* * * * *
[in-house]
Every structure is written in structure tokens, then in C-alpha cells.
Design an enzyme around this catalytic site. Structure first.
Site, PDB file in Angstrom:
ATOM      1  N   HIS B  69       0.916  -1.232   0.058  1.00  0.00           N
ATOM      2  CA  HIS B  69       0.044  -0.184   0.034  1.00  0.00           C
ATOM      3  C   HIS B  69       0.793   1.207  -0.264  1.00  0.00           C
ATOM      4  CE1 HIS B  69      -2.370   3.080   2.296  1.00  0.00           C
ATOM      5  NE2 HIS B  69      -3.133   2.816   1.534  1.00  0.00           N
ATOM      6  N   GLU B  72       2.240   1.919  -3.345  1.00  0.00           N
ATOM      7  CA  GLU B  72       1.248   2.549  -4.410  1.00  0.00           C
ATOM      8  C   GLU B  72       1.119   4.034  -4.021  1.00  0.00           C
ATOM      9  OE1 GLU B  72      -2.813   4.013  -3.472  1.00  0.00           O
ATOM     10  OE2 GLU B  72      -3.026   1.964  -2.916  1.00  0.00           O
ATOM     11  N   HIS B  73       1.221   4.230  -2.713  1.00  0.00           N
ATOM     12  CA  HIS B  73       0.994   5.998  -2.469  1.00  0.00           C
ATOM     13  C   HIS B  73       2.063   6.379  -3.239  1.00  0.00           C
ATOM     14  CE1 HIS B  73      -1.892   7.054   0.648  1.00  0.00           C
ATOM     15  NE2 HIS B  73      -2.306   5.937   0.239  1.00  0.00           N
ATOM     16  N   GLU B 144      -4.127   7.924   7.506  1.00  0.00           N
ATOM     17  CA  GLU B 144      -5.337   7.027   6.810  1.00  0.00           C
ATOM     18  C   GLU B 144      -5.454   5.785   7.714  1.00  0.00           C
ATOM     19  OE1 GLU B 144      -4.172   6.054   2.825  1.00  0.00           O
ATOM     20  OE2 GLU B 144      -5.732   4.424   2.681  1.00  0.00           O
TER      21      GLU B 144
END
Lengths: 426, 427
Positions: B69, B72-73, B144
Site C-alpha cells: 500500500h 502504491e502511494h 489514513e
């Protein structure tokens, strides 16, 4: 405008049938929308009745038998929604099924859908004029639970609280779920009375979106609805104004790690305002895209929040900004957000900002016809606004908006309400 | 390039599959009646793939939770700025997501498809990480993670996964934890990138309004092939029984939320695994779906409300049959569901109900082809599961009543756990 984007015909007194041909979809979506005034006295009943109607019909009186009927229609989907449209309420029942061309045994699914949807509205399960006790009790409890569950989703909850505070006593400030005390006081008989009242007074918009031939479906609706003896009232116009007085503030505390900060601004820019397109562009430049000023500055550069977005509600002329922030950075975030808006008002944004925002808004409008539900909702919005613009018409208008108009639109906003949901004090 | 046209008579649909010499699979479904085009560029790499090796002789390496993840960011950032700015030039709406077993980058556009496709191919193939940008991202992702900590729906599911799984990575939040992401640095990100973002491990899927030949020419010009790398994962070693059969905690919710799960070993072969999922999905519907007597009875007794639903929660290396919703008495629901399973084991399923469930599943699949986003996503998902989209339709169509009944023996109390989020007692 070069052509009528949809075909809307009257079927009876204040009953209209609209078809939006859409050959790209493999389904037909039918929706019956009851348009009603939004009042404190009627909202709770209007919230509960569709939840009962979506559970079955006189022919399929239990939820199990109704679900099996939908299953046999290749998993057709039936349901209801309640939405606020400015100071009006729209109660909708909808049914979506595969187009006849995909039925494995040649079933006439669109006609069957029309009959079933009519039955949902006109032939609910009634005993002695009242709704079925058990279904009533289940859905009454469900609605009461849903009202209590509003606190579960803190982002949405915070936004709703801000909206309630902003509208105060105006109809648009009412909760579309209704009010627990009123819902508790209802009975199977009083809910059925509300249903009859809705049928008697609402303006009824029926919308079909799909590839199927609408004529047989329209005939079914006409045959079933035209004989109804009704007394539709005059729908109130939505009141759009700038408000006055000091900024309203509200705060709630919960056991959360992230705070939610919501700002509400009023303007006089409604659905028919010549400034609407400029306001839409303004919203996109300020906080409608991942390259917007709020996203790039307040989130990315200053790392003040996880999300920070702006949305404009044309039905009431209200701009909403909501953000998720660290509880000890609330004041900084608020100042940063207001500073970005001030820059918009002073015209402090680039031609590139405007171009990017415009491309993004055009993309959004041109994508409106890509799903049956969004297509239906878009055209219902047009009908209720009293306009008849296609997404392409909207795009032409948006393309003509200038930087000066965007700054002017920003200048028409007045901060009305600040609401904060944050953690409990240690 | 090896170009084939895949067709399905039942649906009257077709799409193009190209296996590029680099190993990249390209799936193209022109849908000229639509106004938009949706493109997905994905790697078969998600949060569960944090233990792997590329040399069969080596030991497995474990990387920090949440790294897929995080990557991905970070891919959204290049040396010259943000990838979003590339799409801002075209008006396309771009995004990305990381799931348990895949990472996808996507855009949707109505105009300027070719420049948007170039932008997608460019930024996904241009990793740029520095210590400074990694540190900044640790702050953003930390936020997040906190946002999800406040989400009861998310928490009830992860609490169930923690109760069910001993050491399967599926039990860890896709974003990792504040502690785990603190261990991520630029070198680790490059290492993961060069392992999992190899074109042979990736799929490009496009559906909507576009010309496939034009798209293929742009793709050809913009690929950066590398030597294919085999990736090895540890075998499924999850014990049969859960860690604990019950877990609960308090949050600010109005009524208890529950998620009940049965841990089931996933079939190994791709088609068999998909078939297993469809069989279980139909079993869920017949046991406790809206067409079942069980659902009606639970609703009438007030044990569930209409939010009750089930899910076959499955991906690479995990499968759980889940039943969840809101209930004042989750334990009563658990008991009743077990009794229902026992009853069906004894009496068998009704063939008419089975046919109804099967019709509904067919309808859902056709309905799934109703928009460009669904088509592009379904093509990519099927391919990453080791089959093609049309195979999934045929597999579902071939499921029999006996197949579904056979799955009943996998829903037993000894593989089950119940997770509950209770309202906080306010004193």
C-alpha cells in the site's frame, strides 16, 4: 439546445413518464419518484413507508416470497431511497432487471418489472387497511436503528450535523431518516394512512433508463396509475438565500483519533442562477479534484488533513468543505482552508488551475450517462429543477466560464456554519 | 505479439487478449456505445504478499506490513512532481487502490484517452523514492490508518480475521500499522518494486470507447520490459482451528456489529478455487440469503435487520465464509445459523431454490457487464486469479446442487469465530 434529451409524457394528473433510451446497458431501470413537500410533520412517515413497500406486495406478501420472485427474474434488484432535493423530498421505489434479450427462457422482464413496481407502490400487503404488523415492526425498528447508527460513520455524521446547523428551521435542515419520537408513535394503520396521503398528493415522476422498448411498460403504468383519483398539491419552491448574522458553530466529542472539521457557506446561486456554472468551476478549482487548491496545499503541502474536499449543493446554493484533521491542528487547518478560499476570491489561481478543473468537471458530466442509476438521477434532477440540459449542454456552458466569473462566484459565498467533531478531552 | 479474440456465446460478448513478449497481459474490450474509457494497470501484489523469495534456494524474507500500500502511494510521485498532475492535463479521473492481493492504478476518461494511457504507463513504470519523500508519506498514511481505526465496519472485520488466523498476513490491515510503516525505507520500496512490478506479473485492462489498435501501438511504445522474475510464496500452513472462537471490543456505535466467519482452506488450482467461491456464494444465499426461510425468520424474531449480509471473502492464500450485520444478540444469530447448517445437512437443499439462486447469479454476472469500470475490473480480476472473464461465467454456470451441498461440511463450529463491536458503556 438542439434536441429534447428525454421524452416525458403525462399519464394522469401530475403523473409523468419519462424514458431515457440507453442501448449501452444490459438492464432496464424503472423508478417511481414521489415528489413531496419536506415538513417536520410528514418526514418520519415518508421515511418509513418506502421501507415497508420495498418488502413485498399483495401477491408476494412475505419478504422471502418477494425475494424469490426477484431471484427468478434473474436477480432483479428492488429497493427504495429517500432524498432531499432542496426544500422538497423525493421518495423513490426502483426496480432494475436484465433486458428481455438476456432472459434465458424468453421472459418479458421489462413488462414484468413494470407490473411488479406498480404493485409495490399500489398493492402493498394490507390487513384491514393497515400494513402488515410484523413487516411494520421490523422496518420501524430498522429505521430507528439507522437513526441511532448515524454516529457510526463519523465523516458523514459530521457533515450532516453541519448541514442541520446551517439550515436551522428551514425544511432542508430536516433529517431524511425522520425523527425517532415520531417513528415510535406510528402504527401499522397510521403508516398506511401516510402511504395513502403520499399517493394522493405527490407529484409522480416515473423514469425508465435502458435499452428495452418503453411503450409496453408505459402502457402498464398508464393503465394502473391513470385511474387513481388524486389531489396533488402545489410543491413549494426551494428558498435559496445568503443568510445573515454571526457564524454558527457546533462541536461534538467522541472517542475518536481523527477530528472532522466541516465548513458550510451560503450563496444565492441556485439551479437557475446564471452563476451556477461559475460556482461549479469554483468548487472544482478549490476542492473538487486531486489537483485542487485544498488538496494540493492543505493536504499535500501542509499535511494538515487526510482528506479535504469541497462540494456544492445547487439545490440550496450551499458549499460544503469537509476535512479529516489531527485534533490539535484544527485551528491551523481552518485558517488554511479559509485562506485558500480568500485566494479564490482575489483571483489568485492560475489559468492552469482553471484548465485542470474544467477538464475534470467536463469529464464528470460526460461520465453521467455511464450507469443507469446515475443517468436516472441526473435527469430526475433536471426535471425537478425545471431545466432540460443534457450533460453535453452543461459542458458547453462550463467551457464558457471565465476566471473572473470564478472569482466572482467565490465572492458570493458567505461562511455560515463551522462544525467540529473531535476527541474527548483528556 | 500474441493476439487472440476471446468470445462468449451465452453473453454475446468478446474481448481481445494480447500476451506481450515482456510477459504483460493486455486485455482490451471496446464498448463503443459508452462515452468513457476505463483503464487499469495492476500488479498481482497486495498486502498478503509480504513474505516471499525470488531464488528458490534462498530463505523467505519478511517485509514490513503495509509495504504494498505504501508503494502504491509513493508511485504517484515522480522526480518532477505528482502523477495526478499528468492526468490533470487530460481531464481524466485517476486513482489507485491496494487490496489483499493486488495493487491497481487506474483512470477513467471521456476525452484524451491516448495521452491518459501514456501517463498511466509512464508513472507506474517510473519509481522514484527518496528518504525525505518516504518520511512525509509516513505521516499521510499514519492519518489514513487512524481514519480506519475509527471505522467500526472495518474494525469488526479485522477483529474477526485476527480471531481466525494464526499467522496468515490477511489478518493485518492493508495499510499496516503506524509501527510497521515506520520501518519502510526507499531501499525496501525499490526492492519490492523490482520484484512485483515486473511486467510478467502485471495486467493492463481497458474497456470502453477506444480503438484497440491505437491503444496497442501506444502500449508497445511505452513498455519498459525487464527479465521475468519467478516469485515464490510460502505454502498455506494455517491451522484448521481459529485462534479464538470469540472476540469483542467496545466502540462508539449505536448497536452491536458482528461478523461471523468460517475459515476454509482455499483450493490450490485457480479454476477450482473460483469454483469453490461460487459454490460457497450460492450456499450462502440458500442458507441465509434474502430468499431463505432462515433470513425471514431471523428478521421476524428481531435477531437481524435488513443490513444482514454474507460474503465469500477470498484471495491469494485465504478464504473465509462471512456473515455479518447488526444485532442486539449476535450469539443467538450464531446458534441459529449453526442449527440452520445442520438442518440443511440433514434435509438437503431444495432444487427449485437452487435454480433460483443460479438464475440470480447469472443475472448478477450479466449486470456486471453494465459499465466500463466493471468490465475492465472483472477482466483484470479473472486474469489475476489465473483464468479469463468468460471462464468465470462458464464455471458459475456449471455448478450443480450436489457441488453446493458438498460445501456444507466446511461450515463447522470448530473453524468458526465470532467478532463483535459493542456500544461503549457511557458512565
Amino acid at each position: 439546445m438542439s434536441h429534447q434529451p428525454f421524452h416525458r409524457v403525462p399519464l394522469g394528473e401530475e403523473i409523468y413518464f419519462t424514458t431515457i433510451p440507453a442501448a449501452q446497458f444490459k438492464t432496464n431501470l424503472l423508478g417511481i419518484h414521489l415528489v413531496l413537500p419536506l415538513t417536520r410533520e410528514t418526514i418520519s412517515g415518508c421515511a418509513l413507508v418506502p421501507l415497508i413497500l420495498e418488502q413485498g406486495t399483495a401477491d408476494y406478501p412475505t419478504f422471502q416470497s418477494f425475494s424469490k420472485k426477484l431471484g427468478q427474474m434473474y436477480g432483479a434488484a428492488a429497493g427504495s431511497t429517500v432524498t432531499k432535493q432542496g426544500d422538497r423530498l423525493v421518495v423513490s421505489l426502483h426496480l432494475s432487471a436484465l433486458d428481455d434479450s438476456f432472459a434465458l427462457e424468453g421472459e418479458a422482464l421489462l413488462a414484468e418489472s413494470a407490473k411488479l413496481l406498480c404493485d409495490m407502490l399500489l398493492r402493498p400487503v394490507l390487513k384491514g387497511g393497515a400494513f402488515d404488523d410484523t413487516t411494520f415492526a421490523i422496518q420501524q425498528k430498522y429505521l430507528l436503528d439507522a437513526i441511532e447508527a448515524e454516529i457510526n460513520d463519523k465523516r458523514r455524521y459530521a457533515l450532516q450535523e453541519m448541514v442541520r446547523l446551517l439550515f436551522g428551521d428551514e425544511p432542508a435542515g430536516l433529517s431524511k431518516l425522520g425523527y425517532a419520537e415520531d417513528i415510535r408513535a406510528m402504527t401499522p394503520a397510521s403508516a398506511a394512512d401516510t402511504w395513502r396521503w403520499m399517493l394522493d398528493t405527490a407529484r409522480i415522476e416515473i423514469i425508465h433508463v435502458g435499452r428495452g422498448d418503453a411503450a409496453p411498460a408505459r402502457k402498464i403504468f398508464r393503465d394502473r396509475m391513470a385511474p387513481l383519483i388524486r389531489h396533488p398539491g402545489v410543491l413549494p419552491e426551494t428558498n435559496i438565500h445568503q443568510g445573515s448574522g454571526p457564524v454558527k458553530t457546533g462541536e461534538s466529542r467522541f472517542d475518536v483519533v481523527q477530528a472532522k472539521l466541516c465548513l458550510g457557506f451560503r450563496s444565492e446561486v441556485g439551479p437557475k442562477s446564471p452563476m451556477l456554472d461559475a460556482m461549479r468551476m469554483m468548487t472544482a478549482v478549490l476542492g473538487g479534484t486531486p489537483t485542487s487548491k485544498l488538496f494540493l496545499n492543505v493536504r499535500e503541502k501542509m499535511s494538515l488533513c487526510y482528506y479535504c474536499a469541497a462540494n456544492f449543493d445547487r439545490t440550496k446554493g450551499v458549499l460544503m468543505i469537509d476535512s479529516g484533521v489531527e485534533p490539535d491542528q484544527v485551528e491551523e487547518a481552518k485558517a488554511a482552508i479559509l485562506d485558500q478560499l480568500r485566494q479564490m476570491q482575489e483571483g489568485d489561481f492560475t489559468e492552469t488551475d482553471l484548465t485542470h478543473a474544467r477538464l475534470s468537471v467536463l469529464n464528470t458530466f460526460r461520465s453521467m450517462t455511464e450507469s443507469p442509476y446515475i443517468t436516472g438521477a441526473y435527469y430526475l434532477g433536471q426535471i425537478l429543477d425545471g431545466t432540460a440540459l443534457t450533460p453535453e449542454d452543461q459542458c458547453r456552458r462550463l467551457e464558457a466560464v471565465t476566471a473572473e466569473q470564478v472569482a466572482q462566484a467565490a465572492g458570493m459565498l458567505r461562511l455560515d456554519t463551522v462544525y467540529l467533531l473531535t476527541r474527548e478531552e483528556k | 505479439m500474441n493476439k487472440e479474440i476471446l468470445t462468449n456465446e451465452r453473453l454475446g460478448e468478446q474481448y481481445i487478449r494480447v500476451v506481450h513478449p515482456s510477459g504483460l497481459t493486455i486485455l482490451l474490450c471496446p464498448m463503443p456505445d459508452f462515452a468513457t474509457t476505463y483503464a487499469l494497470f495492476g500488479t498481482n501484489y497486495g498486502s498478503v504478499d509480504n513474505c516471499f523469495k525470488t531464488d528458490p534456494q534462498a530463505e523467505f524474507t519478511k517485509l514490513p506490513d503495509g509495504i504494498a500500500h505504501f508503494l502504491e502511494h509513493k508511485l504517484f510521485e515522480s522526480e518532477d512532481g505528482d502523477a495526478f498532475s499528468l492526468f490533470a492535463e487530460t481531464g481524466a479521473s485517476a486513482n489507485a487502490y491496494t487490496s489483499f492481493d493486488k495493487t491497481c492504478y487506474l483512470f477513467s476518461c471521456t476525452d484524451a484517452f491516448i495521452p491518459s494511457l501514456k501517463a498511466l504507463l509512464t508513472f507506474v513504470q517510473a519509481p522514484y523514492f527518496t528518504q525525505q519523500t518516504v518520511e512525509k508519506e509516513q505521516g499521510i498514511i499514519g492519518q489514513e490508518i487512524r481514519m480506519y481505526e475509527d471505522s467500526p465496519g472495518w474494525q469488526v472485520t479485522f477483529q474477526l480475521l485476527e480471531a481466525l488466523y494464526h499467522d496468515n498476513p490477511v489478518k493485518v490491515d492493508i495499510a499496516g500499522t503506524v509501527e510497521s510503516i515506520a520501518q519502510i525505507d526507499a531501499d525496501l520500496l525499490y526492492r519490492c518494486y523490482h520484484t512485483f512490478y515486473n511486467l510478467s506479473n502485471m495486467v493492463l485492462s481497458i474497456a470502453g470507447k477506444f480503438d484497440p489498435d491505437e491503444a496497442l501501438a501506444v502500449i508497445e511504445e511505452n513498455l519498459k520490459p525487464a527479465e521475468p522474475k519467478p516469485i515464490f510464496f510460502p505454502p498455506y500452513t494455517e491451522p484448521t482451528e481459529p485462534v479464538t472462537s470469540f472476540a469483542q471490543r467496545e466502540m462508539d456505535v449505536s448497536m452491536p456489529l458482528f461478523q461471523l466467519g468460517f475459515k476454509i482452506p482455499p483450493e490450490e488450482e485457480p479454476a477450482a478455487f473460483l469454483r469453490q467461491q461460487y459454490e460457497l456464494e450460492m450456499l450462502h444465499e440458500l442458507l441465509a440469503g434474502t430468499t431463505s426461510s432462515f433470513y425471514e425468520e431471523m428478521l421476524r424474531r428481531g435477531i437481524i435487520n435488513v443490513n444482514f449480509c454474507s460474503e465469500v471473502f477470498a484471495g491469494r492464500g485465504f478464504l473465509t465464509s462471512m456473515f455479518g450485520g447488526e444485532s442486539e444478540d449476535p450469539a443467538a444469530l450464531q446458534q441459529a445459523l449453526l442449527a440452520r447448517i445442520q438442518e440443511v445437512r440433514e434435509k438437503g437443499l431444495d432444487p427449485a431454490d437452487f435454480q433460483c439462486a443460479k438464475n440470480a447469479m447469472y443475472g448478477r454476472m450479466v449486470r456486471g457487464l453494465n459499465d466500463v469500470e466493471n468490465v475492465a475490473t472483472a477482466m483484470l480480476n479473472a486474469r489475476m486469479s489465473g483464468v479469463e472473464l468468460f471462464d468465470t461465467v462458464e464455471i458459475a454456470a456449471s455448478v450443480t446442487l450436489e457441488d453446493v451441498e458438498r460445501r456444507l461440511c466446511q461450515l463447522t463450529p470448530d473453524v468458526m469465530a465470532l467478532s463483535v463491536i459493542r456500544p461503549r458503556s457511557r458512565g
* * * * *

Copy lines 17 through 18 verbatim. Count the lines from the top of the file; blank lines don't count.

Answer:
ATOM     13  C   HIS B  73       2.063   6.379  -3.239  1.00  0.00           C
ATOM     14  CE1 HIS B  73      -1.892   7.054   0.648  1.00  0.00           C